Protect Supreme Court justices? 7 congressmen from NJ oppose bill
TRENTON – Seven House members from New Jersey voted against legislation expanding security for Supreme Court justices, saying those protections should also apply to all federal judges and their families.
The seven – Josh Gottheimer, Tom Malinowski, Bill Pascrell, Donald Payne, Mikie Sherrill, Albio Sires and Bonnie Watson Coleman – were among 27 lawmakers, all Democrats, who opposed the Supreme Court Police Parity Act. It passed overwhelmingly in a 396-27 vote.
“We fully support expanding security for Supreme Court justices and their families,” six of them said in a joint statement that Payne didn’t join. “We also firmly believe that those expanded protections should apply to federal judges and their families, who face similar threats, with less protective resources.”
The group referenced the July 2020 shooting at the North Brunswick home of U.S. District Judge Esther Salas in which her son, Daniel, 20, was killed and her husband injured by someone who had appeared in her courtroom.
“We stood alongside our friend Judge Esther Salas and voted no today because we could not support passing legislation that continues to ignore the pleas of all federal judges for greater security,” they said. “Federal judges regularly face threats to their safety as well as their families due to their work to protect our communities and our democracy. Tragically, too often these threats are followed by actual violence.”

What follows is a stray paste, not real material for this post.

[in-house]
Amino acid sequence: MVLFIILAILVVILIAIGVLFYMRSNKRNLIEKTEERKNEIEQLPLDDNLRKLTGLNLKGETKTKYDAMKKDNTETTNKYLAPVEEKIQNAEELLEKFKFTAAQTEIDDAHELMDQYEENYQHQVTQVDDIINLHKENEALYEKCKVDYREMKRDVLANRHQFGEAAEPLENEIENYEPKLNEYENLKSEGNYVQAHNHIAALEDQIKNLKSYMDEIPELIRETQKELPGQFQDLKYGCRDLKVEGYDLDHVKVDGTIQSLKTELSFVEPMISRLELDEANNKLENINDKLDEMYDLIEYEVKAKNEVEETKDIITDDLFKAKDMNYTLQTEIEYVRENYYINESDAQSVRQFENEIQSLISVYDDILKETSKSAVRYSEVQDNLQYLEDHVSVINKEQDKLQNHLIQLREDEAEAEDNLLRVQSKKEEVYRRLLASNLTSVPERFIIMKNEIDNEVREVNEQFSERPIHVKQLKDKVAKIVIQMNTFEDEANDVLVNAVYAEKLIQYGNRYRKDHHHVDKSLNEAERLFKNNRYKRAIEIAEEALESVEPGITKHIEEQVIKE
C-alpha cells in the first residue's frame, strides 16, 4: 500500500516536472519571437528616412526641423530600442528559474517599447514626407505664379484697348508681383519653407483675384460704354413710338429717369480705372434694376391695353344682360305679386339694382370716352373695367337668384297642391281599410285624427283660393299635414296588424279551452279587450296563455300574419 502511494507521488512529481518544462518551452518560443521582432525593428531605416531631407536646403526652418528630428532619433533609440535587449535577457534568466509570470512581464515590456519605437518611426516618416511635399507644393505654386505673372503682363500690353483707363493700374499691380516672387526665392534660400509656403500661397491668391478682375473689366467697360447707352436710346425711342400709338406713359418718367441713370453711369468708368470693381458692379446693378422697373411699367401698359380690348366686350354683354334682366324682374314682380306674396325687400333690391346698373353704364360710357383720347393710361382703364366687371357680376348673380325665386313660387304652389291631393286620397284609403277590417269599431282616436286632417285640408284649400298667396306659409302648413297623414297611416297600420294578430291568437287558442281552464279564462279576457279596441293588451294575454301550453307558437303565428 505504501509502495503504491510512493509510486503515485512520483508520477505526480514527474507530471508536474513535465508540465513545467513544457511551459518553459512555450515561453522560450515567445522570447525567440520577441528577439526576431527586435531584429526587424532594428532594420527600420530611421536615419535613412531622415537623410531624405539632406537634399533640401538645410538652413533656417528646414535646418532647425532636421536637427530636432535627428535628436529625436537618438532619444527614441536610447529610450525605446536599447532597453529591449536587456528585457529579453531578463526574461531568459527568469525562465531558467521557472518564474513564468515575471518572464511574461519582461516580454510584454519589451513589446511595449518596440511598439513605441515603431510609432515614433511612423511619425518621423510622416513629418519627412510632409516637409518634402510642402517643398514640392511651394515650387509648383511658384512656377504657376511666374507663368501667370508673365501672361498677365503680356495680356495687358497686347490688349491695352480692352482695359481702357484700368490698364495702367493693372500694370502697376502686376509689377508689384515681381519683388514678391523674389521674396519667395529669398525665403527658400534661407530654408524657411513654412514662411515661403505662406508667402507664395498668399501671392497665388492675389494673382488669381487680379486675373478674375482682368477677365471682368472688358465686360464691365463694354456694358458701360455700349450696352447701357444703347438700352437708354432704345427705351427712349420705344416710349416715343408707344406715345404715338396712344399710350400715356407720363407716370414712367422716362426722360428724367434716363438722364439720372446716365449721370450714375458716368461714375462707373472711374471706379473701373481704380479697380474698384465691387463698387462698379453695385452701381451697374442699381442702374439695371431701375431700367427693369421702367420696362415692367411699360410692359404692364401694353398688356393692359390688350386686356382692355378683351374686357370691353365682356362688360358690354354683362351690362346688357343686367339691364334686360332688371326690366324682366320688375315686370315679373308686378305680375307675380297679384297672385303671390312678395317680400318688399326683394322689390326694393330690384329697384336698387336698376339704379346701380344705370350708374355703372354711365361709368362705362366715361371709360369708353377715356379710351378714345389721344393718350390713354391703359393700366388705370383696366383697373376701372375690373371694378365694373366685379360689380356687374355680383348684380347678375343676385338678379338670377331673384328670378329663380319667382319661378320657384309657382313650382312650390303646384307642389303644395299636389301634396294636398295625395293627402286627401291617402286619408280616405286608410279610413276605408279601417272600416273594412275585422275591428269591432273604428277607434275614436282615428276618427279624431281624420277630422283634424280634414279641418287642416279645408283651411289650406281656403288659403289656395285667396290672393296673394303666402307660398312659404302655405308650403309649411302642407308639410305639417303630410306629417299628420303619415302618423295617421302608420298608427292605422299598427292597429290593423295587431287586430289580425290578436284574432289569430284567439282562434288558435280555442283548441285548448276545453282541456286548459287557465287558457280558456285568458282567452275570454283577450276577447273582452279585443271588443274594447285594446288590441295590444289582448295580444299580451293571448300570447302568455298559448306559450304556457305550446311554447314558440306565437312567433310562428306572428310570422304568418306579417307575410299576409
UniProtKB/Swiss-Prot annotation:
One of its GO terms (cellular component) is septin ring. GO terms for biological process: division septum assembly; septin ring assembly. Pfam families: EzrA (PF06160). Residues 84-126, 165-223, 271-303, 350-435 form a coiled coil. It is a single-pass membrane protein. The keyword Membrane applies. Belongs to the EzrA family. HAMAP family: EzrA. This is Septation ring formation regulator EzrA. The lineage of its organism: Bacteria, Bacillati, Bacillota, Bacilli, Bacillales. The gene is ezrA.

“We believe that Congress had a strong opportunity to improve protections for all federal judges, but the Senate abdicated its responsibility when it ignored our calls for the inclusion of the Daniel Anderl Judicial Security and Privacy Act in this bill,” they said. “We will not give up fighting for the necessary safeguards our federal judiciary deserves.”
The New Jersey Republican State Committee criticized the group for opposing the bill, suggesting they want the justices to be “systematically intimidated.”
Watson Coleman responded that the bill doesn’t go far enough.
The current bill first gained traction after demonstrations were held outside Supreme Court justices’ homes following news that the court might soon decide to overturn abortion rights. It gained added urgency when a California man with a gun and other gear was arrested at Justice Brett Kavanaugh’s Maryland home, after going there allegedly intending to kill him.
The other three Democrats (Andy Kim, Donald Norcross and Frank Pallone) and two Republicans (Chris Smith and Jeff Van Drew) in the New Jersey delegation supported it, as did Sens. Cory Booker and Bob Menendez, both D-N.J., last month.